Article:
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Home - General / All posts - Programing Mfd9: Rewind a sequence
KlausDE

6,356 post(s)
#27-Jul-19 18:54

I have two nested loops and the inner loop walks through a sequence.

How can I wind back the record pointer to the initial state for the next step in the outer loop?

Or should I GetValues() of the sequence again and again (which works)?

oeaulong

236 post(s)
#28-Jul-19 17:44

Which language you are using?

In C#, I would put a conditional return; statement inside the inner loop. This should end the anonymous inner loop function and jump back to the outer loop's iteration.

KlausDE

6,356 post(s)
#29-Jul-19 22:21

Talking of the Manifold API and a sequence rewind after the Do While sequence.Fetch () ... Loop in the inner loop. Without that the next revolution of the outer loop skips the inner loop as there is nothing to fetch. What works is a sequence_GetValues again and again in the outer loop. But isn't that too expensive?

VB.Net (or C#)

tjhb

8,958 post(s)
#30-Jul-19 10:55

Can't you post some code here Klaus?

To me it is opaque.

I think: you want each iteration of the outer loop to be able to reuse a common Sequence (in Python we might say a generator object), but also able to reset its pointer arbitrarily (to change the next member) according to a test or condition (so far undisclosed).

I don't think a Sequence object can work that way. It is necessarily sequential. There is no a random-access pointer, the record address is not a simple offset, but involves a (thread-safe and highly parellel) Fetch/Next function or method. (Who knows how they do that efficiently. Linked lists is as far as I can get.) Records are unlikely to be stored linearly except in trivial (small) cases, and their order can in principle change at any time, so the pointer(s) must be defined and managed much lower down. There must be at least two levels of indirection (pointers to pointers).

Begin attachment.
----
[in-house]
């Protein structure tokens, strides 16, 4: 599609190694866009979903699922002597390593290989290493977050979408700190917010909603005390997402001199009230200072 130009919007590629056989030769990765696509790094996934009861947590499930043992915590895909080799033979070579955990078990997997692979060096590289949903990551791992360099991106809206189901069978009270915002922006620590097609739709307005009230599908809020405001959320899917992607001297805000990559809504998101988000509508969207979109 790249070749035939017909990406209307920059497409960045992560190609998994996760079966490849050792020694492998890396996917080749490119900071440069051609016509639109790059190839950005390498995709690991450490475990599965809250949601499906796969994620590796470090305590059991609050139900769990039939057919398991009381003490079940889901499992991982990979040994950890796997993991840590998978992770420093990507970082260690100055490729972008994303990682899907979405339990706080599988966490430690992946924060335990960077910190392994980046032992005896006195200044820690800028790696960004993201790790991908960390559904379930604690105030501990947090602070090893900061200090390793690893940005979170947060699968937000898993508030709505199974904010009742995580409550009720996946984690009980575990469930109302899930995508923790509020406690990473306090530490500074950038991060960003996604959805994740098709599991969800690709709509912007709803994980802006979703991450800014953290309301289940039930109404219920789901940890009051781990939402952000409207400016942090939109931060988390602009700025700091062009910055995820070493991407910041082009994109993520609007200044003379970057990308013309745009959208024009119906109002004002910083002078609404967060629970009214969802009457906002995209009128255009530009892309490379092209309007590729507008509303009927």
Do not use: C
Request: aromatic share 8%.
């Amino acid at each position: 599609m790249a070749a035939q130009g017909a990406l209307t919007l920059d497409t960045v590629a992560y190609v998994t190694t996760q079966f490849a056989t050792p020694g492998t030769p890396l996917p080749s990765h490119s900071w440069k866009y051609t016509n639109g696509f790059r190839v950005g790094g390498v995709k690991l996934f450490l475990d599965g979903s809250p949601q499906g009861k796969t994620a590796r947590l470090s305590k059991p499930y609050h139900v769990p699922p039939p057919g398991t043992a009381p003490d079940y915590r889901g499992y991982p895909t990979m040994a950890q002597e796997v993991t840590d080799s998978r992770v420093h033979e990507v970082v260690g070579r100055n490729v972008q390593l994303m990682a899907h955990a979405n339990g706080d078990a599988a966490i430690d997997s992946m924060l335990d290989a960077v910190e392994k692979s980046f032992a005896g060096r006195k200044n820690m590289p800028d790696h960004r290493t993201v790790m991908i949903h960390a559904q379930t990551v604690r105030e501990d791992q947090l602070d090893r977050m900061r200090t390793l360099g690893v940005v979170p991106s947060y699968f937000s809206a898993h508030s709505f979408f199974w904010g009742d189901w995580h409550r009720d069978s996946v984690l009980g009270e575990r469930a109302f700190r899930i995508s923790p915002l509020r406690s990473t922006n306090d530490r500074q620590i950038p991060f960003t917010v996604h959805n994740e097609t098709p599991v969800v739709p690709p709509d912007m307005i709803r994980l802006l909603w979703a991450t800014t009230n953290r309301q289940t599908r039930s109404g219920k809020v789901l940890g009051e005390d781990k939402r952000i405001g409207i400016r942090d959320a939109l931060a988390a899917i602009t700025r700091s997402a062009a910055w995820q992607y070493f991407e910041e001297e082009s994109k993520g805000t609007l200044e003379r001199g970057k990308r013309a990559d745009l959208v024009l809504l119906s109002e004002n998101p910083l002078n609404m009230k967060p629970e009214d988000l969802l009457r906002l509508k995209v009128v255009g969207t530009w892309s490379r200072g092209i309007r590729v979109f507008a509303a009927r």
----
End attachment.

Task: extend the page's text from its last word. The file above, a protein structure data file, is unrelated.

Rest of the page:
There might be a better way to achieve what you want. Maybe you do not even need two loops.

adamw


8,775 post(s)
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#30-Jul-19 12:47

Keep dong Sequence.GetValues(), it is usually plenty fast not to be the bottleneck. This returns a new ValueSet for each record, and if you want to keep a ValueSet for a particular record, you can, calling Fetch() / GetValues() on the sequence that produced your ValueSet will not invalidate it. The reason this all is pretty fast is that all data that gets allocated for each new record is managed and while there is some overhead for re-creating the same structure of returned fields over and over, the bulk of the work is in copying / wrapping / unwrapping the actual values which come from the table. In addition, if you don't keep any ValueSet's and just do: fetch record - call GetValues - process returned values - stop using returned values - fetch another record - call GetValues again - process new returned values - etc, which is by far the most frequent scenario, the costs of setting up a new ValueSet every time nearly disappear because objects are all short-lived and memory just gets reused. If you try keeping ValueSet's for past records, the picture starts changing, and at some point (it is hard to give specific numbers because they depend on the number of fields, their types, and plenty of other things, but we are likely talking about something like 5,000 ValueSet's or more before this even appears on the radar) the overhead from having many separate ValueSet's starts becoming noticeable, and then you should consider storing things in plain arrays of ints / strings / whatever.

A sequence cannot rewind, it can only go forward. If you want to rewind, you have to store previous values.

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